Who doesn’t love seeing pictures of newlyweds with confetti cascading down over them? They can make some of the most fun and natural looking photos of the day. With the ceremony area in the background, friends and family gathered around, and the newly married couple clasping hands and laughing as they run the gauntlet to escape the confetti…Beautiful.
Where did the tradition of throwing confetti actually come from?
Like many age-old traditions, it’s hard to pinpoint the exact time or place when throwing confetti over newlyweds became the done thing, but we do know that the tradition dates back as far as the middle ages (possibly further) and was a way for guests to bestow their wishes of a lifetime of happiness on the couple.
The actual ‘confetti’ used has changed greatly over the years, some of this is down to the availability of certain items, some of it down to comfort and more recently in relation to being more aware of the environment and the effects we are having on it.
Previous items used for confetti have included:
• Candy-coated seeds – such as coriander seeds
• Uncooked rice
• Uncooked wheat
• Uncooked barley
• Dried fruit
• Coloured paper
Why are some venues against the use of confetti?
Not too long ago using confetti at your wedding was expected, but at the same time was also frowned upon. Throwing rice, which was normal in the UK, was causing a variety of issues. Newlyweds could pick up injuries ranging from bruises to eye injuries, the rice, when wet, made a sticky mess that was hard to clear up, made the venue look messy and posed a health and safety risk as people would slip on it. Aside from these issues was the fact that it also attracted vermin like mice, rats, and pigeons to the area.
More and more venues started to discourage the use of confetti due to the above issues and so more alternatives became more widely available.
Paper confetti became popular in the late 19th century and quickly replaced the use of rice and other food stuffs as it carried with it less risk, was easier to tidy up and didn’t leave the newlyweds wincing in pain.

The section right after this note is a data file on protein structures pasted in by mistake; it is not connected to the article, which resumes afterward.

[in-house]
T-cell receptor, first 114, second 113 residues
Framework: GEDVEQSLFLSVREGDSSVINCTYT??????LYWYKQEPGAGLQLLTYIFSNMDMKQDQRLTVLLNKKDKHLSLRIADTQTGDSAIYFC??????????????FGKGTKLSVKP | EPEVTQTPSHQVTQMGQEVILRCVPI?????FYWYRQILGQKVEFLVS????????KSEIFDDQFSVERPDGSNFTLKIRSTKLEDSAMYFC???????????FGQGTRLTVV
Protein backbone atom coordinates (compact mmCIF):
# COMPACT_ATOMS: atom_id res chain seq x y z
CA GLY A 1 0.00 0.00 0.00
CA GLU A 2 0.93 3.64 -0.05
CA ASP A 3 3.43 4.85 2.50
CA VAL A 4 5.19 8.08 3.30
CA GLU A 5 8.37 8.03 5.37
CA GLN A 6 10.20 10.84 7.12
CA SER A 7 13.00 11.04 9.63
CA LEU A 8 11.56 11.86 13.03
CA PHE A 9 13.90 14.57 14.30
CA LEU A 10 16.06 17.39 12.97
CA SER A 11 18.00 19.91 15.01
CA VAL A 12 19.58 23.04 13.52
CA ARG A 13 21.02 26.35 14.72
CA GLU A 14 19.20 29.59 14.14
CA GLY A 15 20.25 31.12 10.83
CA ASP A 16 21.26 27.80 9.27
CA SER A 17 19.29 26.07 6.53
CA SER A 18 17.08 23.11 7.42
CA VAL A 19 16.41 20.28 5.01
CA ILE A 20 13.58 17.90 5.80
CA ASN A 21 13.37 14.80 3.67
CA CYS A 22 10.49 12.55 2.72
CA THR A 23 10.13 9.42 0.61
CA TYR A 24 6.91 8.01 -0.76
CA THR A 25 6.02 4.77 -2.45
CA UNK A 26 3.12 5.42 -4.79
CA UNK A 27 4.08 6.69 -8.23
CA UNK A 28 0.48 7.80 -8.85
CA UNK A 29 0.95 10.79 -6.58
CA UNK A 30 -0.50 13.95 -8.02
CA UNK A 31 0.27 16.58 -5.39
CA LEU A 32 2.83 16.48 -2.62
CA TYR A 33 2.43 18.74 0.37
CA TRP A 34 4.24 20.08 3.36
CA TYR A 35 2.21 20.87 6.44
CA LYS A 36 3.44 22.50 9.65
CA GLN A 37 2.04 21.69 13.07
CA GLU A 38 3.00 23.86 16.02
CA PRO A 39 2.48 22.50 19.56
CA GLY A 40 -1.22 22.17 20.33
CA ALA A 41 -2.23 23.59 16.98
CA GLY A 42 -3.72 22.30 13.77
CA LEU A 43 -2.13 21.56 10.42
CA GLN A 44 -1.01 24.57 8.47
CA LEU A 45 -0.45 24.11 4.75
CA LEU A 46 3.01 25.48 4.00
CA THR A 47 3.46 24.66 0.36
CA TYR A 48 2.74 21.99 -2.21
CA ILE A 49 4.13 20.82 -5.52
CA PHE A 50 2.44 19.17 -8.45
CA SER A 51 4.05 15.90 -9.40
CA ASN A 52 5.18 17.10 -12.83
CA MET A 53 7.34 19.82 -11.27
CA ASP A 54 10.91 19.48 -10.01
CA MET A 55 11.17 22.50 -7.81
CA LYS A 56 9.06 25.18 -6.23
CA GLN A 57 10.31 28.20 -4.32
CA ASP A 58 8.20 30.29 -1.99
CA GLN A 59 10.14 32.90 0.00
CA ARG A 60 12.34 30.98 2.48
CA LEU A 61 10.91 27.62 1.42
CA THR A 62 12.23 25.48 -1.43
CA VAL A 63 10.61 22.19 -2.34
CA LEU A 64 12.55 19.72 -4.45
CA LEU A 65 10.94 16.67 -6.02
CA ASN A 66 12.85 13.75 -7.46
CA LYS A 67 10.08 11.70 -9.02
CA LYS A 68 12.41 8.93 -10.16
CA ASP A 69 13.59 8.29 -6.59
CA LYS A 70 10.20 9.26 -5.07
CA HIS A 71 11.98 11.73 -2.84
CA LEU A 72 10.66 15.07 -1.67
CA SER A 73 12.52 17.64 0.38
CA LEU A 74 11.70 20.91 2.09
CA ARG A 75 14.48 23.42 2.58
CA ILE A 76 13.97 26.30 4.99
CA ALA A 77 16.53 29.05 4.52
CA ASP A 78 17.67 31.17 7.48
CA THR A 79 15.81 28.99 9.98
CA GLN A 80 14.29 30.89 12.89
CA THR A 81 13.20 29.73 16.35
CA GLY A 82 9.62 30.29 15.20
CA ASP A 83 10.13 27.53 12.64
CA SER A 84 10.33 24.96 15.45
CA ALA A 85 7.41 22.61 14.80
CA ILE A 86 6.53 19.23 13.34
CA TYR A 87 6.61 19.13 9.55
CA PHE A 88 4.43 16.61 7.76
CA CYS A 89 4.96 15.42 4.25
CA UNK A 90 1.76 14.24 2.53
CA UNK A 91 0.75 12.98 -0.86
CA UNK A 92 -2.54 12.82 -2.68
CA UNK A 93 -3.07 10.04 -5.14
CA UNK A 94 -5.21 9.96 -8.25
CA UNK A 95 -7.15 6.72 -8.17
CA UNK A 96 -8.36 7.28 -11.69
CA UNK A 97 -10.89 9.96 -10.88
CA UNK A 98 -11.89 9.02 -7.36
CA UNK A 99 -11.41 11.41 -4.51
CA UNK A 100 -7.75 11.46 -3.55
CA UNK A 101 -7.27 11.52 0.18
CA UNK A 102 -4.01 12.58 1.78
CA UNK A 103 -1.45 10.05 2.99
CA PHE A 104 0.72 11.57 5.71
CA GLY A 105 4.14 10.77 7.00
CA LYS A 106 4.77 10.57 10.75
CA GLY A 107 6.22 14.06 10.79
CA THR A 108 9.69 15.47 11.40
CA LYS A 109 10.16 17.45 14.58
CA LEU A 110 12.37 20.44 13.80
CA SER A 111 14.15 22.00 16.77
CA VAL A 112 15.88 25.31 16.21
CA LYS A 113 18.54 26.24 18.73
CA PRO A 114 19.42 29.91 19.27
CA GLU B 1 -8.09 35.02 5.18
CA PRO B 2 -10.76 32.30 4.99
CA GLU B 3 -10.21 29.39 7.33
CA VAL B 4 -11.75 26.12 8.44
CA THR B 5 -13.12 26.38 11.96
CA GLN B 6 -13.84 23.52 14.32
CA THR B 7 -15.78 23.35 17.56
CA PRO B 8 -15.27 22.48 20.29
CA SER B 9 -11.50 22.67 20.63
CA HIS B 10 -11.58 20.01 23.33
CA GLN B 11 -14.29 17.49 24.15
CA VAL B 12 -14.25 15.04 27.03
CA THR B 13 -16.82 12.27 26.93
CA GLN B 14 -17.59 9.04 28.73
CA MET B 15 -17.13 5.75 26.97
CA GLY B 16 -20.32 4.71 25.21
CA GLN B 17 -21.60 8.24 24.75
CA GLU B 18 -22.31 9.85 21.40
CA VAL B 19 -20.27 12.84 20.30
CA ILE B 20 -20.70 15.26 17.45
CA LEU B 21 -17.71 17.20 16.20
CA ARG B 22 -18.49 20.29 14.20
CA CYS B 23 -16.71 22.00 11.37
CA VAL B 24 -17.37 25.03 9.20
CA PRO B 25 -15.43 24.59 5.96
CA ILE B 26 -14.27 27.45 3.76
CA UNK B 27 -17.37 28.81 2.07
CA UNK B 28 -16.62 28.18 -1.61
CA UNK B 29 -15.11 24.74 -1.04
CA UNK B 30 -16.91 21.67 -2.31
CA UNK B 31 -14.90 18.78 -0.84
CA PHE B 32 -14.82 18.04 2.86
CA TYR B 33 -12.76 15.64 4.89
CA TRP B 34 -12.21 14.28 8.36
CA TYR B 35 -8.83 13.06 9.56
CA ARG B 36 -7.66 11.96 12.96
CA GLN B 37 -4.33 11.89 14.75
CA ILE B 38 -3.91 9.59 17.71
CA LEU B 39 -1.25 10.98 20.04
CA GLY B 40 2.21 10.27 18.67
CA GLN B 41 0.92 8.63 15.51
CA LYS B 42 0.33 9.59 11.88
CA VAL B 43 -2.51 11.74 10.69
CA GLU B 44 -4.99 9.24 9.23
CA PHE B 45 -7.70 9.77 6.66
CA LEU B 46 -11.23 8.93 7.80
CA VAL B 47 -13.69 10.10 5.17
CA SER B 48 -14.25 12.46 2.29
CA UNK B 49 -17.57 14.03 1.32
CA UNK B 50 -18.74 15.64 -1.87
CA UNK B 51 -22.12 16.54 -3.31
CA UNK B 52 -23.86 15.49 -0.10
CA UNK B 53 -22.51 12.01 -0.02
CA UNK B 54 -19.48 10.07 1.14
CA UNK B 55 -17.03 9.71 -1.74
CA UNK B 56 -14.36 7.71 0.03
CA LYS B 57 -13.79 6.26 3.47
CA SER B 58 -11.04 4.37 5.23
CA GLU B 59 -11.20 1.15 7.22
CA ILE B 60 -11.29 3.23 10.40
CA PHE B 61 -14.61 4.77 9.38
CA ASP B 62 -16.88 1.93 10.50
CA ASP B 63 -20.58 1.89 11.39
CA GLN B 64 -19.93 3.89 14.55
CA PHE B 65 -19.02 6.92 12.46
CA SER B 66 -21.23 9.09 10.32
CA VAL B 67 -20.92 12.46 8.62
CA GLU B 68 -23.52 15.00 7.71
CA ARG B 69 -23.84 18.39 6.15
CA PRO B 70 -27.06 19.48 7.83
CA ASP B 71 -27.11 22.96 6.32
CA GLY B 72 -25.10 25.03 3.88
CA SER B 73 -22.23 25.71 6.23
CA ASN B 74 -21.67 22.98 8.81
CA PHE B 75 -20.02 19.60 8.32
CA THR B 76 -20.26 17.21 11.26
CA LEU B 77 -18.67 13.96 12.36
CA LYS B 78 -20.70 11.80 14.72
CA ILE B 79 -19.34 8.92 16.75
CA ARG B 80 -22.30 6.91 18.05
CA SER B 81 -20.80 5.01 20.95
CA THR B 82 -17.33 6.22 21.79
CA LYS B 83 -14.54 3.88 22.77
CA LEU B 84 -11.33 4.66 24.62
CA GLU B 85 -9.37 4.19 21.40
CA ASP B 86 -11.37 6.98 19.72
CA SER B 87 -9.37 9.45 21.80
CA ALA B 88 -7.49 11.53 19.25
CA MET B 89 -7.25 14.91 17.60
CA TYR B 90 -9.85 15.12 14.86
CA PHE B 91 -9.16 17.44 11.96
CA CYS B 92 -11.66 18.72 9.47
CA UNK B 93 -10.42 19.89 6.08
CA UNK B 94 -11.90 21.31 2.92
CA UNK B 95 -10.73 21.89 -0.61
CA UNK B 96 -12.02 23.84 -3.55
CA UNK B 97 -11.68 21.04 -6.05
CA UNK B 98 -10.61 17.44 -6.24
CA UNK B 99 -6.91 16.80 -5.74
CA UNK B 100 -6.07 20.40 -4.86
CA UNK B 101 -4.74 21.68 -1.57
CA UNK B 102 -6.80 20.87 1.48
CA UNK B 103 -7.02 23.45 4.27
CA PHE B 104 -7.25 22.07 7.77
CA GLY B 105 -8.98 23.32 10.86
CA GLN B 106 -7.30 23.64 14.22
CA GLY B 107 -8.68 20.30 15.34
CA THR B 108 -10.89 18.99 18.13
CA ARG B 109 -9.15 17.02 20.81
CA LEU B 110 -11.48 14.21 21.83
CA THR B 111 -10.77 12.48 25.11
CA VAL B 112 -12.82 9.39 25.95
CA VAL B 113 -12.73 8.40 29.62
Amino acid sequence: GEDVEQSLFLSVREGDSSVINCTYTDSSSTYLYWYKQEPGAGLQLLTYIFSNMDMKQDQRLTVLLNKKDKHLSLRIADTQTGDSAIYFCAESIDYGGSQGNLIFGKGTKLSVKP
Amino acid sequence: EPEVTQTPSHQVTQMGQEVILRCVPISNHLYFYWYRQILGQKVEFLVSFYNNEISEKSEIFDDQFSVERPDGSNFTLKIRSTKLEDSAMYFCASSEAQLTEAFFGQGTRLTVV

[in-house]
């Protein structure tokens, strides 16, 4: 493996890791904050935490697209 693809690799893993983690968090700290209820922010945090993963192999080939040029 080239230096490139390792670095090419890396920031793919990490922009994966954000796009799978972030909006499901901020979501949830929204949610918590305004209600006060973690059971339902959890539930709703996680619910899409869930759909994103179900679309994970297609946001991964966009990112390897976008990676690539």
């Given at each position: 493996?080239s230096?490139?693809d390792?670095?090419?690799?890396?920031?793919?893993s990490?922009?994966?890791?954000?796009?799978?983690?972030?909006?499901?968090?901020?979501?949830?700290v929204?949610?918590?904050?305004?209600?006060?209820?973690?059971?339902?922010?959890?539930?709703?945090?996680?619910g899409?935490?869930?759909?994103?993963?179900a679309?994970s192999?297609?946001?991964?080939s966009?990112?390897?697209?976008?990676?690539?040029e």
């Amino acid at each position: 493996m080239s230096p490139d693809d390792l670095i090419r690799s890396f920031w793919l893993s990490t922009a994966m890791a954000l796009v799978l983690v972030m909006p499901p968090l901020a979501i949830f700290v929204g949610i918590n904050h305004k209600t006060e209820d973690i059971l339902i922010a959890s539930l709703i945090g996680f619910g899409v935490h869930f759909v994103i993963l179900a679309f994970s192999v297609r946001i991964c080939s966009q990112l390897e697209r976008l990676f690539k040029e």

For many decades paper confetti was the most popular choice at wedding celebrations up and down the country, and in fact all around the globe, but it wasn’t completely without issue. Although paper is biodegradable, confetti often comes in a range of bright colour and the inks used to do this can cause harm to the environment and the natural wildlife in the area.
Current alternatives for confetti
Dried rose petals and other flower petals
o Not toxic to the environment and animals
o Each piece is unique
o Available in different shapes, sizes and colours
o Beautiful aroma
o No need to worry about clearing them up (check your venue policy)
• Lavender seeds
o Smells and looks lovely
o Lightweight and easy to throw
o Won’t overpower your images
Whilst it used to be the place of the guests to bring their own confetti with them it is much more normal now for the couple getting married to supply the confetti.
This means that once you decide what is in fitting with your style and preference you can provide everything that is needed for your guests and leave your venue, the environment and your photos looking the way you want them to.